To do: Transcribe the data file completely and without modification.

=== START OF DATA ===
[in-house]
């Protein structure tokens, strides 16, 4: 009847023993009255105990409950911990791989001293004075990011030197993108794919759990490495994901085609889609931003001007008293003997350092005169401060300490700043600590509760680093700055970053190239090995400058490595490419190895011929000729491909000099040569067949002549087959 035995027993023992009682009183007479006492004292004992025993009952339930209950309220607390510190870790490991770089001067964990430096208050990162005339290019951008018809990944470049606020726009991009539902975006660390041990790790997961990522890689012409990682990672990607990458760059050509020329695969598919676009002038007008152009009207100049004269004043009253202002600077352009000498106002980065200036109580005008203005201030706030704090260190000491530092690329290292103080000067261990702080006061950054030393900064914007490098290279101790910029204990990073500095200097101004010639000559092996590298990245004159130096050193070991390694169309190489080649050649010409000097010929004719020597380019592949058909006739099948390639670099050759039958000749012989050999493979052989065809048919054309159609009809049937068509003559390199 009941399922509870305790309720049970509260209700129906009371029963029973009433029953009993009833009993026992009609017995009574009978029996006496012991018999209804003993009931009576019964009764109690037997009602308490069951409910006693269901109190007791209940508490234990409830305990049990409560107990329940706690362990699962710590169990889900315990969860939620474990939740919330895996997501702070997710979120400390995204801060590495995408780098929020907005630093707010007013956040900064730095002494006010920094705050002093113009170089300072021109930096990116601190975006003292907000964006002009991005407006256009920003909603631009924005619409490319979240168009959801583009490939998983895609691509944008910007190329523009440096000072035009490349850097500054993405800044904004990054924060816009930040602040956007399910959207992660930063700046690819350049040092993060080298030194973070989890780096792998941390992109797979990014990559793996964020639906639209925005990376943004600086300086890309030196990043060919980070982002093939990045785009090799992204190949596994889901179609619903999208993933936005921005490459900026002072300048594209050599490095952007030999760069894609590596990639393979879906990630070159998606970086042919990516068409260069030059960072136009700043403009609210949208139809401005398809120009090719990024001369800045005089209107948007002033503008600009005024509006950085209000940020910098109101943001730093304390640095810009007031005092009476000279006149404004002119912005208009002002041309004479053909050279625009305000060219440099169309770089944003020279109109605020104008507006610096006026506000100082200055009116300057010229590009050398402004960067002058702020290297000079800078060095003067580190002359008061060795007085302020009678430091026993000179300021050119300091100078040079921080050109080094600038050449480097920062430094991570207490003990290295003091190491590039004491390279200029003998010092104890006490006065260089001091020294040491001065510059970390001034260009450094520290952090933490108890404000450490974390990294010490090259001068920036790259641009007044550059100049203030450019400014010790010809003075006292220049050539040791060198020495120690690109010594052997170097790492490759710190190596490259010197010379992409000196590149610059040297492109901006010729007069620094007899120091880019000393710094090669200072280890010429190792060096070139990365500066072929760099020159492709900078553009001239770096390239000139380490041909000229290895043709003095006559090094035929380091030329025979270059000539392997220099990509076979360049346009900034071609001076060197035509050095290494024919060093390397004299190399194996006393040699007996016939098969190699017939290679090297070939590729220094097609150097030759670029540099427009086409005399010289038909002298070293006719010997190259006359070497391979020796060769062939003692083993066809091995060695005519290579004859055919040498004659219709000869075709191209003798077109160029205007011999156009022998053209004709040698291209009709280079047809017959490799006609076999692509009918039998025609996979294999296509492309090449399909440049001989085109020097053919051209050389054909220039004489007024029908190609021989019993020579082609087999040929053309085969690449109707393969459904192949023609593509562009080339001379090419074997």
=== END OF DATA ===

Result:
[in-house]
């Protein structure tokens, strides 16, 4: 009847023993009255105990409950911990791989001293004075990011030197993108794919759990490495994901085609889609931003001007008293003997350092005169401060300490700043600590509760680093700055970053190239090995400058490595490419190895011929000729491909000099040569067949002549087959 035995027993023992009682009183007479006492004292004992025993009952339930209950309220607390510190870790490991770089001067964990430096208050990162005339290019951008018809990944470049606020726009991009539902975006660390041990790790997961990522890689012409990682990672990607990458760059050509020329695969598919676009002038007008152009009207100049004269004043009253202002600077352009000498106002980065200036109580005008203005201030706030704090260190000491530092690329290292103080000067261990702080006061950054030393900064914007490098290279101790910029204990990073500095200097101004010639000559092996590298990245004159130096050193070991390694169309190489080649050649010409000097010929004719020597380019592949058909006739099948390639670099050759039958000749012989050999493979052989065809048919054309159609009809049937068509003559390199 009941399922509870305790309720049970509260209700129906009371029963029973009433029953009993009833009993026992009609017995009574009978029996006496012991018999209804003993009931009576019964009764109690037997009602308490069951409910006693269901109190007791209940508490234990409830305990049990409560107990329940706690362990699962710590169990889900315990969860939620474990939740919330895996997501702070997710979120400390995204801060590495995408780098929020907005630093707010007013956040900064730095002494006010920094705050002093113009170089300072021109930096990116601190975006003292907000964006002009991005407006256009920003909603631009924005619409490319979240168009959801583009490939998983895609691509944008910007190329523009440096000072035009490349850097500054993405800044904004990054924060816009930040602040956007399910959207992660930063700046690819350049040092993060080298030194973070989890780096792998941390992109797979990014990559793996964020639906639209925005990376943004600086300086890309030196990043060919980070982002093939990045785009090799992204190949596994889901179609619903999208993933936005921005490459900026002072300048594209050599490095952007030999760069894609590596990639393979879906990630070159998606970086042919990516068409260069030059960072136009700043403009609210949208139809401005398809120009090719990024001369800045005089209107948007002033503008600009005024509006950085209000940020910098109101943001730093304390640095810009007031005092009476000279006149404004002119912005208009002002041309004479053909050279625009305000060219440099169309770089944003020279109109605020104008507006610096006026506000100082200055009116300057010229590009050398402004960067002058702020290297000079800078060095003067580190002359008061060795007085302020009678430091026993000179300021050119300091100078040079921080050109080094600038050449480097920062430094991570207490003990290295003091190491590039004491390279200029003998010092104890006490006065260089001091020294040491001065510059970390001034260009450094520290952090933490108890404000450490974390990294010490090259001068920036790259641009007044550059100049203030450019400014010790010809003075006292220049050539040791060198020495120690690109010594052997170097790492490759710190190596490259010197010379992409000196590149610059040297492109901006010729007069620094007899120091880019000393710094090669200072280890010429190792060096070139990365500066072929760099020159492709900078553009001239770096390239000139380490041909000229290895043709003095006559090094035929380091030329025979270059000539392997220099990509076979360049346009900034071609001076060197035509050095290494024919060093390397004299190399194996006393040699007996016939098969190699017939290679090297070939590729220094097609150097030759670029540099427009086409005399010289038909002298070293006719010997190259006359070497391979020796060769062939003692083993066809091995060695005519290579004859055919040498004659219709000869075709191209003798077109160029205007011999156009022998053209004709040698291209009709280079047809017959490799006609076999692509009918039998025609996979294999296509492309090449399909440049001989085109020097053919051209050389054909220039004489007024029908190609021989019993020579082609087999040929053309085969690449109707393969459904192949023609593509562009080339001379090419074997």